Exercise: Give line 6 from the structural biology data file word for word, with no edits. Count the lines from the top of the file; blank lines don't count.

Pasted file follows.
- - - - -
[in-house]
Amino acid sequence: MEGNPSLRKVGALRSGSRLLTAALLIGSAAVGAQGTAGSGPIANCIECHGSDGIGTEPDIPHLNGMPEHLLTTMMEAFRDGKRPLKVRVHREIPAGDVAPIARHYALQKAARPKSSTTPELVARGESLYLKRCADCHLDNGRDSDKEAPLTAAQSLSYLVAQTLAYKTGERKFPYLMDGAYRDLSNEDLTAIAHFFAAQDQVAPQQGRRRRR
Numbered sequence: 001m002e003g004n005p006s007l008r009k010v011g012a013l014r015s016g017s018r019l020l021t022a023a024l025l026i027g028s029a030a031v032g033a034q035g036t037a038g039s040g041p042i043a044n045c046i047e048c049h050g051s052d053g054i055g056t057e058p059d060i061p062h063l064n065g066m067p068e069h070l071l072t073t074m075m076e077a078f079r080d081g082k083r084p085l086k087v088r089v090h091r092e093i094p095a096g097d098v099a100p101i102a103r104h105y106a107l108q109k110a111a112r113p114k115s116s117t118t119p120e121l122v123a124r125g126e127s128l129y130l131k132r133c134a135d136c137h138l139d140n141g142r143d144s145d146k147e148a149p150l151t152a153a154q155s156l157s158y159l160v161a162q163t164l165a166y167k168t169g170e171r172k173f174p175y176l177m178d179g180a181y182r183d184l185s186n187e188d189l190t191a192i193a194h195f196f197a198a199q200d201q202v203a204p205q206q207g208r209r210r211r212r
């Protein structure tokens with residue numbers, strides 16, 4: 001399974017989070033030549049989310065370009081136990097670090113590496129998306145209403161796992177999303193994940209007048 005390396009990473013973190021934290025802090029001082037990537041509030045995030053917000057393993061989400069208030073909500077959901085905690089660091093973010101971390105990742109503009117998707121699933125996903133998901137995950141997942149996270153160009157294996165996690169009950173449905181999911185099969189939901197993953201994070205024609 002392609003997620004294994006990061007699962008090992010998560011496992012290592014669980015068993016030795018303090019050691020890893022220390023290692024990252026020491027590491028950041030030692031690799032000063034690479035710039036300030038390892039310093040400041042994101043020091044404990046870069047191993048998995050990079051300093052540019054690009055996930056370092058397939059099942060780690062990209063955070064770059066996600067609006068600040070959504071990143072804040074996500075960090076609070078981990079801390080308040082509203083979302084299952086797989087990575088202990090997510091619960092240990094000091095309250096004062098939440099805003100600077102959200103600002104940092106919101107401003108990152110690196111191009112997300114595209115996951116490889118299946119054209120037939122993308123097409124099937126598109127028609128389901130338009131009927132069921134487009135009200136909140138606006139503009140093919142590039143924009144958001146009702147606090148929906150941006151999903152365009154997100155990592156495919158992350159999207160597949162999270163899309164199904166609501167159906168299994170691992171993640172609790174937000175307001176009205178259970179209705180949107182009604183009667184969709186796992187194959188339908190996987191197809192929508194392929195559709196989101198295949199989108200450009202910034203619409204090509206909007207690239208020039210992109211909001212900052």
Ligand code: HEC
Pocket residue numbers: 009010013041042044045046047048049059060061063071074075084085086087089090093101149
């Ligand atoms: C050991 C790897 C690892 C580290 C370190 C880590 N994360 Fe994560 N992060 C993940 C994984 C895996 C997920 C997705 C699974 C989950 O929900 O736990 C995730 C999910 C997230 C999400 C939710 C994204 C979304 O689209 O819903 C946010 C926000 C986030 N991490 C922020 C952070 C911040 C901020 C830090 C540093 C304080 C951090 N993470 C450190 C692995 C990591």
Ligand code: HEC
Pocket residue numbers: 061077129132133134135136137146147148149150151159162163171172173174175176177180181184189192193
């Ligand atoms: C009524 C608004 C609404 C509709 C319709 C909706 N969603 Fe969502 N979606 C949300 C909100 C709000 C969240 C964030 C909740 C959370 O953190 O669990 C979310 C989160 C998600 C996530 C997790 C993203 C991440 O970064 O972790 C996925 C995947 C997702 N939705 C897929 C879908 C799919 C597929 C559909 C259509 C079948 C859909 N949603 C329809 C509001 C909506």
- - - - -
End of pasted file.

Pocket residue numbers: 009010013041042044045046047048049059060061063071074075084085086087089090093101149